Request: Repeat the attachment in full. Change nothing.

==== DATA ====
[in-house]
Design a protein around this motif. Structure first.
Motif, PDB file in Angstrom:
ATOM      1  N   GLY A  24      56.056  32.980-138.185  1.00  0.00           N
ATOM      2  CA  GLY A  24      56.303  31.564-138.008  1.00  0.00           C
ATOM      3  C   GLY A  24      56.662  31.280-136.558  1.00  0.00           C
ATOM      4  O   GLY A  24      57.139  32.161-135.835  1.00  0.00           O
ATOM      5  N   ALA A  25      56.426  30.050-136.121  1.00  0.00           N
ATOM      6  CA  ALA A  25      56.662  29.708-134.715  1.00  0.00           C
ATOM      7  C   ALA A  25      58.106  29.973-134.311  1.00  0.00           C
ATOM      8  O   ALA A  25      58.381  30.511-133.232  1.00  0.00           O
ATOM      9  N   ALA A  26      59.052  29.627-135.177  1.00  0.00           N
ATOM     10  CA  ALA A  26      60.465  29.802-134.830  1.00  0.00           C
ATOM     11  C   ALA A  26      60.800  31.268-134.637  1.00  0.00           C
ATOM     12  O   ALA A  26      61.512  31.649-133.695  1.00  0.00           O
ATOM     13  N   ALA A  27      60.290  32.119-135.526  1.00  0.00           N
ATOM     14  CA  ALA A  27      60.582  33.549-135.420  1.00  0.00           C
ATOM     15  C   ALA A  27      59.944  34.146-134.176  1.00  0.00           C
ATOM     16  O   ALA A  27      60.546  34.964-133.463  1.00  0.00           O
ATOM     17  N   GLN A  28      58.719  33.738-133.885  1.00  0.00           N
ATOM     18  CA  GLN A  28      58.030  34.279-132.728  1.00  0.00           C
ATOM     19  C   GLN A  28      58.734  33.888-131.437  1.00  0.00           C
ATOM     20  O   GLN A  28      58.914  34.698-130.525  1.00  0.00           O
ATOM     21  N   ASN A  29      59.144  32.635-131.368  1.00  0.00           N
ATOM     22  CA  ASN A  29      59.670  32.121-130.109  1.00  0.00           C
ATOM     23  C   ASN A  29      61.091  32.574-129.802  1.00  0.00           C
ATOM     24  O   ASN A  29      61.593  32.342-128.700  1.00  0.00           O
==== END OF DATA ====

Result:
[in-house]
Design a protein around this motif. Structure first.
Motif, PDB file in Angstrom:
ATOM      1  N   GLY A  24      56.056  32.980-138.185  1.00  0.00           N
ATOM      2  CA  GLY A  24      56.303  31.564-138.008  1.00  0.00           C
ATOM      3  C   GLY A  24      56.662  31.280-136.558  1.00  0.00           C
ATOM      4  O   GLY A  24      57.139  32.161-135.835  1.00  0.00           O
ATOM      5  N   ALA A  25      56.426  30.050-136.121  1.00  0.00           N
ATOM      6  CA  ALA A  25      56.662  29.708-134.715  1.00  0.00           C
ATOM      7  C   ALA A  25      58.106  29.973-134.311  1.00  0.00           C
ATOM      8  O   ALA A  25      58.381  30.511-133.232  1.00  0.00           O
ATOM      9  N   ALA A  26      59.052  29.627-135.177  1.00  0.00           N
ATOM     10  CA  ALA A  26      60.465  29.802-134.830  1.00  0.00           C
ATOM     11  C   ALA A  26      60.800  31.268-134.637  1.00  0.00           C
ATOM     12  O   ALA A  26      61.512  31.649-133.695  1.00  0.00           O
ATOM     13  N   ALA A  27      60.290  32.119-135.526  1.00  0.00           N
ATOM     14  CA  ALA A  27      60.582  33.549-135.420  1.00  0.00           C
ATOM     15  C   ALA A  27      59.944  34.146-134.176  1.00  0.00           C
ATOM     16  O   ALA A  27      60.546  34.964-133.463  1.00  0.00           O
ATOM     17  N   GLN A  28      58.719  33.738-133.885  1.00  0.00           N
ATOM     18  CA  GLN A  28      58.030  34.279-132.728  1.00  0.00           C
ATOM     19  C   GLN A  28      58.734  33.888-131.437  1.00  0.00           C
ATOM     20  O   GLN A  28      58.914  34.698-130.525  1.00  0.00           O
ATOM     21  N   ASN A  29      59.144  32.635-131.368  1.00  0.00           N
ATOM     22  CA  ASN A  29      59.670  32.121-130.109  1.00  0.00           C
ATOM     23  C   ASN A  29      61.091  32.574-129.802  1.00  0.00           C
ATOM     24  O   ASN A  29      61.593  32.342-128.700  1.00  0.00           O